Chairman Vu Tien Loc of the Vietnam Chamber of Commerce and Industry (VCCI) has written to Prime Minister Nguyen Xuan Phuc proposing doing away with 24 of the 30 regulations that have been rated as improper by the business community.
VCCI published a report on February 28 on a vote for 30 good and 30 bad regulations.
VCCI has petitioned the Prime Minister to order relevant ministries and agencies to quickly modify the inappropriate rules. Meanwhile, the chamber has suggested the Prime Minister commend the ministries and agencies related to the 30 regulations that have been praised as good.
The VCCI assessment on legal documents was carried out in line with the Government's Resolution 19/NQ-CP and Resolution 35/NQ-CP on collection of enterprises’ views on regulations issued by ministries, ministerial-level agencies and local authorities. This is also a preparatory step for the Prime Minister’s forthcoming meeting with business executives this year.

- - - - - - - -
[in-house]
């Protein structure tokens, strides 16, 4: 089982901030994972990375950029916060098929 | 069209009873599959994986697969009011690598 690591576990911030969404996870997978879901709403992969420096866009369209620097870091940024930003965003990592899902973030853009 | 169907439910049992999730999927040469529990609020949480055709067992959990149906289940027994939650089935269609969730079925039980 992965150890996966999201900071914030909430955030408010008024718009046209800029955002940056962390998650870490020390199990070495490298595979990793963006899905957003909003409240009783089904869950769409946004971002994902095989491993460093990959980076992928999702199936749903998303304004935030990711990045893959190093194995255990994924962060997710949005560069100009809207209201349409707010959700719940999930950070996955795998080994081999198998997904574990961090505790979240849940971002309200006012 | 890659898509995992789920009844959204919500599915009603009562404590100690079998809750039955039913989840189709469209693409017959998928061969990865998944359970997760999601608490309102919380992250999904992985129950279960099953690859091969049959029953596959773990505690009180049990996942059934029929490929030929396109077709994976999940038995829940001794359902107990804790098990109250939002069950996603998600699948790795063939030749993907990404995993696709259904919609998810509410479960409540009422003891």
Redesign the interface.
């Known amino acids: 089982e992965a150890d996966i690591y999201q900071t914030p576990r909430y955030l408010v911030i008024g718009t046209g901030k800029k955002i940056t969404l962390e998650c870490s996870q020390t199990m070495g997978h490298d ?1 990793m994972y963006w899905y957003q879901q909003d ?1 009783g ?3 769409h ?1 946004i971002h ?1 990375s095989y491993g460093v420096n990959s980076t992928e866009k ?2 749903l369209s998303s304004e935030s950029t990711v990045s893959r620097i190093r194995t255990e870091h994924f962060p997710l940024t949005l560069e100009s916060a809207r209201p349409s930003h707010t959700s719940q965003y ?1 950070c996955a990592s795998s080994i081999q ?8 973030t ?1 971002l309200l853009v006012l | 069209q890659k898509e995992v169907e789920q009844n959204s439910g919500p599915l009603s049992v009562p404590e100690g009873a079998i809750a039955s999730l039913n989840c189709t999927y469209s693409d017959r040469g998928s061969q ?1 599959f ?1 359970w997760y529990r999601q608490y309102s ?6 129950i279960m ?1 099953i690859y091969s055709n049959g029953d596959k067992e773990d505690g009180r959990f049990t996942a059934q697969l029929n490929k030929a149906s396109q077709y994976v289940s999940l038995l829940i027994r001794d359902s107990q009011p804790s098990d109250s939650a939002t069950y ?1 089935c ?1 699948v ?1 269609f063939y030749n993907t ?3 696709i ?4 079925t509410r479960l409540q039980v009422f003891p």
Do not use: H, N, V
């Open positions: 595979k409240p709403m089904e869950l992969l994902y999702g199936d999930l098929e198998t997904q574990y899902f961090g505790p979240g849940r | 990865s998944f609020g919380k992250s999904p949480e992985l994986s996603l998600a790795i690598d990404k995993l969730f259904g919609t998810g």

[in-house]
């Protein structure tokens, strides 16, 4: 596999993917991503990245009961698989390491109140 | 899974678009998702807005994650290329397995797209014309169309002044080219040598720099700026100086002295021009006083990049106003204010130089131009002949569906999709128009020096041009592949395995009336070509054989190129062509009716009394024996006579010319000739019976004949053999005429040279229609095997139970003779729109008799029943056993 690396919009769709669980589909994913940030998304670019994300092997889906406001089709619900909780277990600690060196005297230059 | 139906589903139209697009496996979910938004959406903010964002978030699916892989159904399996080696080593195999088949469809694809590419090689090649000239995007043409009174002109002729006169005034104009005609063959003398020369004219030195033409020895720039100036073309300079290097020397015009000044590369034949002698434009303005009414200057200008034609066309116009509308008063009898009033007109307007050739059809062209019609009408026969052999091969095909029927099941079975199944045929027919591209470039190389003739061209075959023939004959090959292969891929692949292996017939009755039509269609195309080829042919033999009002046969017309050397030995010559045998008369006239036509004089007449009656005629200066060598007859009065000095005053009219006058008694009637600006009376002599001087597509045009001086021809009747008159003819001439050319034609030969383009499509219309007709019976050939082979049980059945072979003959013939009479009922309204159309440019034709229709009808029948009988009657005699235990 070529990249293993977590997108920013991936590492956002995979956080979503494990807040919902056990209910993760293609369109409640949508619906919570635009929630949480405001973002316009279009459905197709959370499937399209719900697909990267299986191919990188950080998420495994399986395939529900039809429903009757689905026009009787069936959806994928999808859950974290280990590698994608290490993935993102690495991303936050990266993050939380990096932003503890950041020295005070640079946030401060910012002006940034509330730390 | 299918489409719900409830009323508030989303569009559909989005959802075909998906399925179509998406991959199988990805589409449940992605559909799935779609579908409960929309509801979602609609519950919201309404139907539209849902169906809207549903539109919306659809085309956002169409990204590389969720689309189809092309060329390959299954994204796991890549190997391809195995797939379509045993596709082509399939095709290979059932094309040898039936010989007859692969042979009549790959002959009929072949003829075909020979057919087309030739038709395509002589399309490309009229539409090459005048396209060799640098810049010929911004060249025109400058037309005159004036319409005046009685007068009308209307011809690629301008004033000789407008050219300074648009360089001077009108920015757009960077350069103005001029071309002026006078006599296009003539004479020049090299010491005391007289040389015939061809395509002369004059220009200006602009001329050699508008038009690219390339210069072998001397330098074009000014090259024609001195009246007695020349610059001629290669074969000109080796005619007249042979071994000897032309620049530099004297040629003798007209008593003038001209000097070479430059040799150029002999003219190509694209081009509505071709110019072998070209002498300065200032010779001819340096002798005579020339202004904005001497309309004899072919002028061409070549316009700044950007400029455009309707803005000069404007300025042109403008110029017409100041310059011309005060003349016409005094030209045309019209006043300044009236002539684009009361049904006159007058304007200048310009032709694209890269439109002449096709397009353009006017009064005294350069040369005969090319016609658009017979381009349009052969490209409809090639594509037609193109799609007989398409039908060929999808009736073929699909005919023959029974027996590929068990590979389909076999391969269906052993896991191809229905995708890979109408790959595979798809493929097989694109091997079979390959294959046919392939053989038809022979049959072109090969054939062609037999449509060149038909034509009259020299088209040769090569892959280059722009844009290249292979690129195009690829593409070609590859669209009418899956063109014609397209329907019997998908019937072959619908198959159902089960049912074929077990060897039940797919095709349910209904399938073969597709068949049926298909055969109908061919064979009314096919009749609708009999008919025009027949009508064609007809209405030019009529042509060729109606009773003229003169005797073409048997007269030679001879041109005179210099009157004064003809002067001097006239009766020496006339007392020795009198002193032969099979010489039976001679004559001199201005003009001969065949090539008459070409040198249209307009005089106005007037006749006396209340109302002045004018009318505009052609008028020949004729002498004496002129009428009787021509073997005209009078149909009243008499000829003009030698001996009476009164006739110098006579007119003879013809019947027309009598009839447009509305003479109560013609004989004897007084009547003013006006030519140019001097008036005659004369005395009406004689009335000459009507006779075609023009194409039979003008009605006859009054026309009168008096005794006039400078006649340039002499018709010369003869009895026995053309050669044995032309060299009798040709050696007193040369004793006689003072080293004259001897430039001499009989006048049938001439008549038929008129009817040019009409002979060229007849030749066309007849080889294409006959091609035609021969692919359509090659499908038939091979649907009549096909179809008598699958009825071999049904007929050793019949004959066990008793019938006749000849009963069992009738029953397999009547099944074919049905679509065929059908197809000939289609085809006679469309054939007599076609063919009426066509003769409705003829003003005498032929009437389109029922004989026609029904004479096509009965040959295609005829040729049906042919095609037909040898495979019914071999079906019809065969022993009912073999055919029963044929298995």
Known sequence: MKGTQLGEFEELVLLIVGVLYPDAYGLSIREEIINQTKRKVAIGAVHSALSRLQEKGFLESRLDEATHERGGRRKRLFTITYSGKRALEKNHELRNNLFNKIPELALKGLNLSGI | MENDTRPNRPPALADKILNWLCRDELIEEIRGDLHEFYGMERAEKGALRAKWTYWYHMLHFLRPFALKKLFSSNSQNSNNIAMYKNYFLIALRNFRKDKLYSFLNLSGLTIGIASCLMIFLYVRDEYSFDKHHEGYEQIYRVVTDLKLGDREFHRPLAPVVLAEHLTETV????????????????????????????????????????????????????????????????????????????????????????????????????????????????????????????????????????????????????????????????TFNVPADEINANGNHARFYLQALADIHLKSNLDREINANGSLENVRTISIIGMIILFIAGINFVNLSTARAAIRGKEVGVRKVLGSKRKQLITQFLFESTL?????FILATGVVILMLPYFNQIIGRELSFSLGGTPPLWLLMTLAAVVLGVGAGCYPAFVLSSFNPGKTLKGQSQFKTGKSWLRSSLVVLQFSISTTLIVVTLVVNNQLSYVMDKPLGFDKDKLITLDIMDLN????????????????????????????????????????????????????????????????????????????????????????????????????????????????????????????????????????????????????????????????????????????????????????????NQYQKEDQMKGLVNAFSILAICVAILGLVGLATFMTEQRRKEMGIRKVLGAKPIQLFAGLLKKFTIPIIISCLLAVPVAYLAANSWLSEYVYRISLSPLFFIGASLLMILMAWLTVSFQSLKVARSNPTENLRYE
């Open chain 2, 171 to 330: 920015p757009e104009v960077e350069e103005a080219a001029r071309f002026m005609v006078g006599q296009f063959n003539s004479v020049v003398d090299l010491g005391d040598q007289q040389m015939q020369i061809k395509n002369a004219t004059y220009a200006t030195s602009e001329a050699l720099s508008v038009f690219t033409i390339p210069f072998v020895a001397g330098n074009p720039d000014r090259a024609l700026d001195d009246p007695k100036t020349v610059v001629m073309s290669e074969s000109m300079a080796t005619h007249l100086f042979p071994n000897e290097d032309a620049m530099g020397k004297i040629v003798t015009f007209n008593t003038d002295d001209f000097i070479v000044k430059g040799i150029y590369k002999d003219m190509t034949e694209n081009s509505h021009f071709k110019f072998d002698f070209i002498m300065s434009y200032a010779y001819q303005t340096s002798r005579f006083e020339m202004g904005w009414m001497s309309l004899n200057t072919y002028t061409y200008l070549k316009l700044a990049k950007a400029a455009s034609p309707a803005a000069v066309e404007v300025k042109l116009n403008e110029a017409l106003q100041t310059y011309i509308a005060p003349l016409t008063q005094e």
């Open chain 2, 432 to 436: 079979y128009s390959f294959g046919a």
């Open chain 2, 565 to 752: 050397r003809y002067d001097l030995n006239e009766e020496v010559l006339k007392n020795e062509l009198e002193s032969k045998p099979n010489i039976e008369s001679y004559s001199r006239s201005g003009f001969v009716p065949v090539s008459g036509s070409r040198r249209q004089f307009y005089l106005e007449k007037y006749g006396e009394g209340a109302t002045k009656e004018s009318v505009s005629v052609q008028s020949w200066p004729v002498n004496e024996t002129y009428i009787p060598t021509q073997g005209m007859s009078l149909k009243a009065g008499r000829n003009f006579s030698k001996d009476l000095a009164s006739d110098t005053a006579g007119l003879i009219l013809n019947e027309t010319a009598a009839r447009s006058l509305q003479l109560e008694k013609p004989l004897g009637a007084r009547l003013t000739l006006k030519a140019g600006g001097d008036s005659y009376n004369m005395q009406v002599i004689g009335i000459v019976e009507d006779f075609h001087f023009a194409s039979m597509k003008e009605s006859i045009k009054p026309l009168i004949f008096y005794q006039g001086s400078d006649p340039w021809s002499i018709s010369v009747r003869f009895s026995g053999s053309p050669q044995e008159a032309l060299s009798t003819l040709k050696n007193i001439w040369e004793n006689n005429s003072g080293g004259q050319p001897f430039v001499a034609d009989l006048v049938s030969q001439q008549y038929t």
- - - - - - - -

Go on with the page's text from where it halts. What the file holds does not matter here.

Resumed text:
Some of the bad rules sought for annulment:
Clause 8, Article 4 of the Government's Decree 05/2015/ND-CP which provide detailed guidelines for implementation of the Labor Code. The clause requires employment contracts to include a term on labor safety for staff which makes clear volume, category, quality and duration of use of each labor safety equipment.
Clause 1, Article 7 of the Government’s Decree 78/2015/ND-CP on business registration, which requires businesses to use level-four business codes (which have four digits). However, how to choose appropriate codes is tough.
Clause 1, Article 50 of the Ministry of Transport’s Circular 63/2014/TT-BGTVT that stipulates transportation of goods without direct charges must have a business license.
Point b, Clause 5, Article 5 of the Ministry of Agriculture and Rural Development’s Circular 21/2015/TT-BNNPTNT that restricts registration of active substance content for each type of finished plant protection products.